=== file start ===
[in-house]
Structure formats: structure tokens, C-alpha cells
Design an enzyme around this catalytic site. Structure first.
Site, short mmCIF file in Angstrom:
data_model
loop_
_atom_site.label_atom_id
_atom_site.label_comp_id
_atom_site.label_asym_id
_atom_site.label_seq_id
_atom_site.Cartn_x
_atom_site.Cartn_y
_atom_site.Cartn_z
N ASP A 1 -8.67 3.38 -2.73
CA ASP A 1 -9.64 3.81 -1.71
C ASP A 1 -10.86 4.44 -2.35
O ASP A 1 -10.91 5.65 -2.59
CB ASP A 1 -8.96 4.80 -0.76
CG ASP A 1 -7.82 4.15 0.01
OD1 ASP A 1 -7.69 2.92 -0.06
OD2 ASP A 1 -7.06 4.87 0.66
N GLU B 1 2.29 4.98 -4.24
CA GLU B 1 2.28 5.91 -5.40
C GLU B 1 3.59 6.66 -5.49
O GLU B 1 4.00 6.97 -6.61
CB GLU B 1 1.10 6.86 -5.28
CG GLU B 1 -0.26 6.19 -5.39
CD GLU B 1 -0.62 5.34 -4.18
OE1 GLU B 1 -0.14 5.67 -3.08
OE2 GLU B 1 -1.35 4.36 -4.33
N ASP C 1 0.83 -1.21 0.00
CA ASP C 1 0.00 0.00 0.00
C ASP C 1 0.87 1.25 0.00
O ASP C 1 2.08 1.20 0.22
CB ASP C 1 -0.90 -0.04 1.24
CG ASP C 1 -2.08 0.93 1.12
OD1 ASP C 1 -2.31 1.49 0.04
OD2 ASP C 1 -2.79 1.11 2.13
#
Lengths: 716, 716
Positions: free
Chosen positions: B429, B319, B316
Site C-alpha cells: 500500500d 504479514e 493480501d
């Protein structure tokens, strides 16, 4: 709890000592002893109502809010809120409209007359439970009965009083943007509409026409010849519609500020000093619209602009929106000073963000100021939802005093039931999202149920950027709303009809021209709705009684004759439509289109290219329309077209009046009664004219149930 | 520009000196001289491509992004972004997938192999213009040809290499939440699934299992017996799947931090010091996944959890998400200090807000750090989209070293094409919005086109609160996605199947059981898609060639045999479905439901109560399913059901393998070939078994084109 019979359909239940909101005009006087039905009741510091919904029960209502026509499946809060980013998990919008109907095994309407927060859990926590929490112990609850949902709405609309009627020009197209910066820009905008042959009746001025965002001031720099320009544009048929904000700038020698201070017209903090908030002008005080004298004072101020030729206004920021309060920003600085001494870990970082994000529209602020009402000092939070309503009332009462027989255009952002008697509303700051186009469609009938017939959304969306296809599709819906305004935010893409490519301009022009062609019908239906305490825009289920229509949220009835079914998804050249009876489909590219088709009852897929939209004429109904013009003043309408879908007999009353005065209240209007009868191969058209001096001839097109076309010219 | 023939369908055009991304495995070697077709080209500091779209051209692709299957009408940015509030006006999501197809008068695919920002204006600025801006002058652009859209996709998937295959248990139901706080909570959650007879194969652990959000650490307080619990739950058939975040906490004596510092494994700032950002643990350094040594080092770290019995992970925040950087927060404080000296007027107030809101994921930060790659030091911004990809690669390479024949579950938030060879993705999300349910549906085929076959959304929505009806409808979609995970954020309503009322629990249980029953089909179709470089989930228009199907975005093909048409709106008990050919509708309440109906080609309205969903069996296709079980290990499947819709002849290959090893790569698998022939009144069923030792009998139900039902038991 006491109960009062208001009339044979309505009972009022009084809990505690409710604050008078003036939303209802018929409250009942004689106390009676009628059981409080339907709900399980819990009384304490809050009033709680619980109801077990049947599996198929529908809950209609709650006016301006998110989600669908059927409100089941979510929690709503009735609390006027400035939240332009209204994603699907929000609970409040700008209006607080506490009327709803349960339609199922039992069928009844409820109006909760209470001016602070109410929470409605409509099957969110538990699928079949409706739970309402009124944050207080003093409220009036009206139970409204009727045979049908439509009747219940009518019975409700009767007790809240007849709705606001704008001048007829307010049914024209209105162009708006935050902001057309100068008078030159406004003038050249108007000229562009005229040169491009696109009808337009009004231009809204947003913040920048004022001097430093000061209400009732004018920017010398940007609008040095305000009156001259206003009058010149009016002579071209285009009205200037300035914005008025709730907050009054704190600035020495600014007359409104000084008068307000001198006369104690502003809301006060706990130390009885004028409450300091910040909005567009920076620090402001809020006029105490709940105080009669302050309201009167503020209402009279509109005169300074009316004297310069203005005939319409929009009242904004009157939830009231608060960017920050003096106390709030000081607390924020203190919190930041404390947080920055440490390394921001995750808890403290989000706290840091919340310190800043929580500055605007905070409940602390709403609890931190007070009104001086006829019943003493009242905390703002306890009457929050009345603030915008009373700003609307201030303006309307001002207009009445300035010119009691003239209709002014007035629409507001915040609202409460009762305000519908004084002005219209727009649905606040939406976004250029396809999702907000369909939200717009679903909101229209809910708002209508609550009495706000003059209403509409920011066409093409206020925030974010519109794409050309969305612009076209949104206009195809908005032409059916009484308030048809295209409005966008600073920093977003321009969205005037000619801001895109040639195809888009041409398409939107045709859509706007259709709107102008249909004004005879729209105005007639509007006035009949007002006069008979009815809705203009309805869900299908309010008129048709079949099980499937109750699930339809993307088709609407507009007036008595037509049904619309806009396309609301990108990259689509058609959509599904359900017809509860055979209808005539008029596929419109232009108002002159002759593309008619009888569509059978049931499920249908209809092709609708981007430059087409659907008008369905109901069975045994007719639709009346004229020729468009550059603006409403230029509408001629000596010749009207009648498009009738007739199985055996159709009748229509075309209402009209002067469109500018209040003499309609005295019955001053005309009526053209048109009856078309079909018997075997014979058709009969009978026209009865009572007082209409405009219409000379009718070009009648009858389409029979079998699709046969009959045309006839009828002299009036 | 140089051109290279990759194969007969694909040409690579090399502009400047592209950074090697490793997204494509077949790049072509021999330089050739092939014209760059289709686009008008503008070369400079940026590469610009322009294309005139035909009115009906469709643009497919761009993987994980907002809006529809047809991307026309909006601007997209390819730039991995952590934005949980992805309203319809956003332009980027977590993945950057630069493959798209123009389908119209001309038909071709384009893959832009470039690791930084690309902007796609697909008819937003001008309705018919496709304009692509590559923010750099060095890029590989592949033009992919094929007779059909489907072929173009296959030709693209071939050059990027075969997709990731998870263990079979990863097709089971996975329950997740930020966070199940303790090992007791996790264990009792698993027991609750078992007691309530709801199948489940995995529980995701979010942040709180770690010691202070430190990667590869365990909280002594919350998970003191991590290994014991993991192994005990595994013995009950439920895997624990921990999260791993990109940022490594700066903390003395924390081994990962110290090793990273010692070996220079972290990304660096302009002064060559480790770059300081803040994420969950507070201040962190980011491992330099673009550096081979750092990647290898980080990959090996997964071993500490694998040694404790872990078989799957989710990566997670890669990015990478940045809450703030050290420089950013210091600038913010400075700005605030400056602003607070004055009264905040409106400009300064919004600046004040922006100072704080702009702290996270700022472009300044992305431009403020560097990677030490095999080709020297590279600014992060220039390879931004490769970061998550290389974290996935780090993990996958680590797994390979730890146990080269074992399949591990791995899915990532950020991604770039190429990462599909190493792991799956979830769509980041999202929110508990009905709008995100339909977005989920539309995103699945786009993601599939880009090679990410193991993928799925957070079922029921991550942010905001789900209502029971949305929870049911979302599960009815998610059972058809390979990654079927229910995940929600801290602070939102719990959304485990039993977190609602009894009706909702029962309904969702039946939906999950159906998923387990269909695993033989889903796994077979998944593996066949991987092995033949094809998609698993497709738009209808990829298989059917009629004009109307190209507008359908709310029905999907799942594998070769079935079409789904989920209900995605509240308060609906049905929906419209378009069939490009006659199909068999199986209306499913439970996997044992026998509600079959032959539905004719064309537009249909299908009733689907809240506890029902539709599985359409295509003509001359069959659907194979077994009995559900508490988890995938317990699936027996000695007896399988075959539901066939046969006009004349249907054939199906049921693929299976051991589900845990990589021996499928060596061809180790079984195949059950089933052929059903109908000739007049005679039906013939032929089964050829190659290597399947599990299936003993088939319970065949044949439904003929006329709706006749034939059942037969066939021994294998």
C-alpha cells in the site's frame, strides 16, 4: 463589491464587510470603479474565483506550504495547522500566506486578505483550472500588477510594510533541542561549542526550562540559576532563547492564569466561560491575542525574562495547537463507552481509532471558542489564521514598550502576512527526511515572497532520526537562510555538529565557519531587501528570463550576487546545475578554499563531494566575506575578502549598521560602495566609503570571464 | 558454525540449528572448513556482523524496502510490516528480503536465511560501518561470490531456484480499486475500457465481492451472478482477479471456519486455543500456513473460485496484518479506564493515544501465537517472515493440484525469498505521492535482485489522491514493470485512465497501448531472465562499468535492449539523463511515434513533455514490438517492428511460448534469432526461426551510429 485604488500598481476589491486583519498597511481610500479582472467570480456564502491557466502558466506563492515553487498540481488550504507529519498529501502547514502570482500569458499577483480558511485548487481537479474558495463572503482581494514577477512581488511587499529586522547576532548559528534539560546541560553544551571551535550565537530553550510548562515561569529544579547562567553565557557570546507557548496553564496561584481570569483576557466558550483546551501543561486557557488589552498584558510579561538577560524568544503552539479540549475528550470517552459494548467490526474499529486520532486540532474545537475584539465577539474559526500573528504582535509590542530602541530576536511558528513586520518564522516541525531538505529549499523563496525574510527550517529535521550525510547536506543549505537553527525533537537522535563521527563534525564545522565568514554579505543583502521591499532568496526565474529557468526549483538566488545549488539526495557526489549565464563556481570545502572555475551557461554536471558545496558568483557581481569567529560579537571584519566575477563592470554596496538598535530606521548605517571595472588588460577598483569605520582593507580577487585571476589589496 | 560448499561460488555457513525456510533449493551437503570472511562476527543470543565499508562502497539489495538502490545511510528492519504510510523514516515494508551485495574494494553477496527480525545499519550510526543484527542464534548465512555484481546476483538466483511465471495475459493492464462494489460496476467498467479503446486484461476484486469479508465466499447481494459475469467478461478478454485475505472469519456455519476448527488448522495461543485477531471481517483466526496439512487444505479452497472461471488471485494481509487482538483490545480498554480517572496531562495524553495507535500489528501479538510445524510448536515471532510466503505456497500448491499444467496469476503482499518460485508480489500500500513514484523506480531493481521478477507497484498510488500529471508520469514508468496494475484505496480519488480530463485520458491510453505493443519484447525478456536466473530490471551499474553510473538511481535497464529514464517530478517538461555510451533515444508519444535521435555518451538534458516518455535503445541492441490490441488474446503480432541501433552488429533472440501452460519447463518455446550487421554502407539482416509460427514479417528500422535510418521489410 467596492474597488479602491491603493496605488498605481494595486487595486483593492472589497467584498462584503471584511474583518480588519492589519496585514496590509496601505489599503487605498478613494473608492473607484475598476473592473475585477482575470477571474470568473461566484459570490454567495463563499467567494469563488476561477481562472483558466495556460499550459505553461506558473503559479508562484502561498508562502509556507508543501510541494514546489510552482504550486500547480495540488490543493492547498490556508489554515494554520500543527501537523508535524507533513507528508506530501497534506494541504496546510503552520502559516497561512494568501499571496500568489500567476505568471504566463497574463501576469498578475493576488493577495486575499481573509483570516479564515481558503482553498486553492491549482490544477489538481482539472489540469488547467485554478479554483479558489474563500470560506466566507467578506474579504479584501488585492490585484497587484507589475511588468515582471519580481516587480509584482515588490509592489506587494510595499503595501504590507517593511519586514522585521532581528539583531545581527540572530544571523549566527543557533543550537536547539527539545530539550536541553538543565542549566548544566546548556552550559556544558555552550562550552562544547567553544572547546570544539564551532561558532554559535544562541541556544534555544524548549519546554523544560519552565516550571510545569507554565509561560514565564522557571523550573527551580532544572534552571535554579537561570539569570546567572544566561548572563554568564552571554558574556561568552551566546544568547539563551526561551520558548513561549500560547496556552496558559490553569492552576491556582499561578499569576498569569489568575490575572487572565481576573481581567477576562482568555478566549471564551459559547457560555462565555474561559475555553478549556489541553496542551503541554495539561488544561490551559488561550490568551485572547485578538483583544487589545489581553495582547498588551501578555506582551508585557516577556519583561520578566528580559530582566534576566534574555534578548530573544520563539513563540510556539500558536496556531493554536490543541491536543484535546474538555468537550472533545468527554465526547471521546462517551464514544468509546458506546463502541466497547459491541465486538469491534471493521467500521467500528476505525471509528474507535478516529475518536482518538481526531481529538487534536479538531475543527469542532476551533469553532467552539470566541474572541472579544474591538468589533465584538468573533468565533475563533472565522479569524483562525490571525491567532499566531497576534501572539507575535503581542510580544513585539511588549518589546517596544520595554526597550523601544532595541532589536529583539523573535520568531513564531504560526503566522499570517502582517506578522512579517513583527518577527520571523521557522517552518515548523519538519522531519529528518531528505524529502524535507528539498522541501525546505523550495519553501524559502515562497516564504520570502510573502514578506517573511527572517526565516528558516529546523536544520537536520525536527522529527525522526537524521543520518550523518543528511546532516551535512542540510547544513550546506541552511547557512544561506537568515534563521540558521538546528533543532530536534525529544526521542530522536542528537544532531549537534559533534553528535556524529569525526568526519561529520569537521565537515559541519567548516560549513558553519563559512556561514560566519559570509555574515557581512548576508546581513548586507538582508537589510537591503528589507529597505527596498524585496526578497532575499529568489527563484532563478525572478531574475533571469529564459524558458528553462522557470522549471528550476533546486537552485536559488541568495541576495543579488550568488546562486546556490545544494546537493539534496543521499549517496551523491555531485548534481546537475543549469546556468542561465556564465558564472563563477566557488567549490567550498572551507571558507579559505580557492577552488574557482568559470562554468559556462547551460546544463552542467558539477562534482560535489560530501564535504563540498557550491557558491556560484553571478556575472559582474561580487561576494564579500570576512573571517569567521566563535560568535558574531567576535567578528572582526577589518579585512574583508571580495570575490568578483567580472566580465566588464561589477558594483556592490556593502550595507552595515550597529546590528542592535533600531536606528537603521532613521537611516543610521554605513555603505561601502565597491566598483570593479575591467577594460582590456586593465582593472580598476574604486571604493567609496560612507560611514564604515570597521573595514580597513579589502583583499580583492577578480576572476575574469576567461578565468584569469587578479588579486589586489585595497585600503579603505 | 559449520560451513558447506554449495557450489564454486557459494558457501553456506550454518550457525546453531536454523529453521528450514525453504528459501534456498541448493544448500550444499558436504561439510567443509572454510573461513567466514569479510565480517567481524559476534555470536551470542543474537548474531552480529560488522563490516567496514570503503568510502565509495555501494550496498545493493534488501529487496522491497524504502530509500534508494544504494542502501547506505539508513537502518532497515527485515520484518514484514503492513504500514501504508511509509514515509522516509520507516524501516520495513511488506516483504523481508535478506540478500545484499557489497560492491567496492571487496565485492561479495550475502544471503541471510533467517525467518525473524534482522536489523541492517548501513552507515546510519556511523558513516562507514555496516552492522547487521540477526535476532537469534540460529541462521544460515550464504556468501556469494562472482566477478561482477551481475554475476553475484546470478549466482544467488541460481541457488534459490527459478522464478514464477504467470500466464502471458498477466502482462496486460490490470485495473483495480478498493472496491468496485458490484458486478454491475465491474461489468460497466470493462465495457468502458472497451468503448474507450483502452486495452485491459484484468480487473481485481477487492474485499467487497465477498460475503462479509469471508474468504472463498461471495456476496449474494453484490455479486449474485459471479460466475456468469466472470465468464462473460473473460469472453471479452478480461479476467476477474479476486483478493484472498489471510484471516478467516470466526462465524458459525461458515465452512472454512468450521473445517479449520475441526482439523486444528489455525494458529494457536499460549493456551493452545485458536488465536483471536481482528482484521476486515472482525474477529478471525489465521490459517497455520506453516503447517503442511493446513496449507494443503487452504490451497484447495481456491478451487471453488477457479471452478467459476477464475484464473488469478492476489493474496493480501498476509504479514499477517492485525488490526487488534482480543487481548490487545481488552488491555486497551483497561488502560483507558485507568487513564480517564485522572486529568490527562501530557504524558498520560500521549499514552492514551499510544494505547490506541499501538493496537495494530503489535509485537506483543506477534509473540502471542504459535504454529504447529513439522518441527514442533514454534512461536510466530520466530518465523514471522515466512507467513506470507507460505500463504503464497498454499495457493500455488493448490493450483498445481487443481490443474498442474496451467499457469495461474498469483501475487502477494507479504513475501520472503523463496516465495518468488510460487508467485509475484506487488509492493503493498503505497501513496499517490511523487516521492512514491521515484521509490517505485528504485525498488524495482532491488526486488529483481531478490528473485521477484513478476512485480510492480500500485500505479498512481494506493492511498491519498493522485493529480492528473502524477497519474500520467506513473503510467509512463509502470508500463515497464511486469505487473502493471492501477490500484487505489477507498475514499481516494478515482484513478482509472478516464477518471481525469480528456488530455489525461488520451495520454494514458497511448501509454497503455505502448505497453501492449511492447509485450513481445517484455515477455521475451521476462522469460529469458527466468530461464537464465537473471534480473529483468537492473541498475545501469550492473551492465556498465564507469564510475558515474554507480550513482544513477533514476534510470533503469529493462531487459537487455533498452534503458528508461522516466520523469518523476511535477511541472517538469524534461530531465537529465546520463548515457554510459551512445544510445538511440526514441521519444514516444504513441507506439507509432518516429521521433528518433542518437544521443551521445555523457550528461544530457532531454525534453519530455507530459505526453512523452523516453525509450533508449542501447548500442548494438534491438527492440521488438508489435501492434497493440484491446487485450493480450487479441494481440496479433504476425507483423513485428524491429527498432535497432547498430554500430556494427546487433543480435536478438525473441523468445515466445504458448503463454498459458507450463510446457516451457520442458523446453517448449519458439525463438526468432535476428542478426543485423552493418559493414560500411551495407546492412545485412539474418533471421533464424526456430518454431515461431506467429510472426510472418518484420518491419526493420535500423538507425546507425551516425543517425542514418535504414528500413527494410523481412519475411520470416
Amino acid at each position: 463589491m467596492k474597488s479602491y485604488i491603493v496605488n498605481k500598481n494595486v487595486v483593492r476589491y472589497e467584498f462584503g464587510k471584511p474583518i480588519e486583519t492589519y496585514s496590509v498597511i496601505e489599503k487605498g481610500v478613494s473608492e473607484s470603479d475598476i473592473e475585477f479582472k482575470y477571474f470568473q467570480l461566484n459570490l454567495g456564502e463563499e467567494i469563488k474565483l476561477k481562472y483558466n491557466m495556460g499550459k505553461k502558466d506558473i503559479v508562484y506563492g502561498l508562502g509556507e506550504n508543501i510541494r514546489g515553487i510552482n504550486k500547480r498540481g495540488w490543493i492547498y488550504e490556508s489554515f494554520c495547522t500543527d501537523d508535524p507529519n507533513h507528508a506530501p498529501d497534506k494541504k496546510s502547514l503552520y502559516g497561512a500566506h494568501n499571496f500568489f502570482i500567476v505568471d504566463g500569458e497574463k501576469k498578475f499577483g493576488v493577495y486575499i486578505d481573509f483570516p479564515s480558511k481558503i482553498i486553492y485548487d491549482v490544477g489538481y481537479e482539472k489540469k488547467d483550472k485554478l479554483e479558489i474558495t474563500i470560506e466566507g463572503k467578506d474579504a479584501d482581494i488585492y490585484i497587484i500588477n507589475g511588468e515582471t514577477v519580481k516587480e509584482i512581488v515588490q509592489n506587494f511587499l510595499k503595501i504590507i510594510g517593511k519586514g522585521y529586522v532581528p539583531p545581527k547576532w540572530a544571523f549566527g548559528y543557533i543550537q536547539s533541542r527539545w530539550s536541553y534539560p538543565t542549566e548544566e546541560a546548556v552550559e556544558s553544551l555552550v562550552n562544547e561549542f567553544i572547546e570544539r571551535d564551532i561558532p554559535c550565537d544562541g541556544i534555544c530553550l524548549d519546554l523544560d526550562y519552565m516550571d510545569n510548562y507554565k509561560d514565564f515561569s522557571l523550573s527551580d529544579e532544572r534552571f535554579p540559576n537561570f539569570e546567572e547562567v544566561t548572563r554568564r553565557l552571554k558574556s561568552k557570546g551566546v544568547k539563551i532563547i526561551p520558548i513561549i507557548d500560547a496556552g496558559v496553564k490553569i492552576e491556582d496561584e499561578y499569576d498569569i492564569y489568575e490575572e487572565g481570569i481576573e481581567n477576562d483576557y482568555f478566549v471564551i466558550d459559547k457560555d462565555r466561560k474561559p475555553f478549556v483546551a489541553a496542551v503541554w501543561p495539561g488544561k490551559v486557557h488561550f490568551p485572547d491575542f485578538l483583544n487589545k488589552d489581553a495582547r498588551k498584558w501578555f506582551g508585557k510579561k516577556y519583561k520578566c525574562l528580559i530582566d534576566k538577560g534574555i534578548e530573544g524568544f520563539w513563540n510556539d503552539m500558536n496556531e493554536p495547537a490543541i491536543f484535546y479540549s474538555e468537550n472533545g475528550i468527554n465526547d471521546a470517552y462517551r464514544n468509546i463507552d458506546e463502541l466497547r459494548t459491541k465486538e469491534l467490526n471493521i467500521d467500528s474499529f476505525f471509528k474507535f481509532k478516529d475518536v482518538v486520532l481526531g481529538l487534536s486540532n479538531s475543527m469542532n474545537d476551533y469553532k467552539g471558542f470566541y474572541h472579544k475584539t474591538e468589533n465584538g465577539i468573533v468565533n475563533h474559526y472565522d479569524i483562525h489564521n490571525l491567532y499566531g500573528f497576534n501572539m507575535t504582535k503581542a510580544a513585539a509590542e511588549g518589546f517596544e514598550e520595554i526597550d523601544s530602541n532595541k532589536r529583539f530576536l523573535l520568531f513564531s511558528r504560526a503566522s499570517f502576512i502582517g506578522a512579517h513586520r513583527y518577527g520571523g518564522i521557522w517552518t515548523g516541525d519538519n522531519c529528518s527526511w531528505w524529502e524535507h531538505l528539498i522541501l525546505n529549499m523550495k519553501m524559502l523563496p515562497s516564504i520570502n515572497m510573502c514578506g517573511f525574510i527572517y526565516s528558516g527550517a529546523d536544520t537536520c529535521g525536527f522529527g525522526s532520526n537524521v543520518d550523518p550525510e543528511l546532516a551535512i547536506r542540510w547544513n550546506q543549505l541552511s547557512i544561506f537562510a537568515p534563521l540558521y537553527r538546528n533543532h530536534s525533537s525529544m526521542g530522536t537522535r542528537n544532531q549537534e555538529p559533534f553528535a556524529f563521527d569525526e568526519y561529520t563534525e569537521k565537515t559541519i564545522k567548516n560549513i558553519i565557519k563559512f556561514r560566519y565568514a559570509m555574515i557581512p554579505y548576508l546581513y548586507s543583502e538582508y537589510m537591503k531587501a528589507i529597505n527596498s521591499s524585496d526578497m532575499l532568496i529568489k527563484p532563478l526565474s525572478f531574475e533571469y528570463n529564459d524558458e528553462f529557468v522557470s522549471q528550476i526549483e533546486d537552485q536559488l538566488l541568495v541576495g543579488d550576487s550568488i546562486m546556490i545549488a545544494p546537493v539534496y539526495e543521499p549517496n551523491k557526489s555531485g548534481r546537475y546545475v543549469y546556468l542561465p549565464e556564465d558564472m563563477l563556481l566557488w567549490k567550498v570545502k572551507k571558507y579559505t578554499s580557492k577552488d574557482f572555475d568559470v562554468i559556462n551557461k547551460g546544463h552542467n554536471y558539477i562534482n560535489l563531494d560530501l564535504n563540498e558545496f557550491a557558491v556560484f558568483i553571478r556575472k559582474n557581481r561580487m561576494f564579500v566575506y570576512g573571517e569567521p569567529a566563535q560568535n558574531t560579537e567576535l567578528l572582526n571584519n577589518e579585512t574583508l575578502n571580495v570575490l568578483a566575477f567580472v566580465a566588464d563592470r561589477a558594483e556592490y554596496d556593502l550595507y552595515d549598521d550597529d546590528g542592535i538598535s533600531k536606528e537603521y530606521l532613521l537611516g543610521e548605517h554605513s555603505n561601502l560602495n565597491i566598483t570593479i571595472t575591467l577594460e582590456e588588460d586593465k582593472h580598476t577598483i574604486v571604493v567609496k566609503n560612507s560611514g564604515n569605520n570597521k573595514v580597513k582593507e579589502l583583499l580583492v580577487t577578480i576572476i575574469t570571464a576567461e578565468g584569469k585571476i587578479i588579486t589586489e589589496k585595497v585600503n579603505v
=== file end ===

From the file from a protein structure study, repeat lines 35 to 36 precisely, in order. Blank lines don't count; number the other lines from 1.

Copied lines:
CB ASP C 1 -0.90 -0.04 1.24
CG ASP C 1 -2.08 0.93 1.12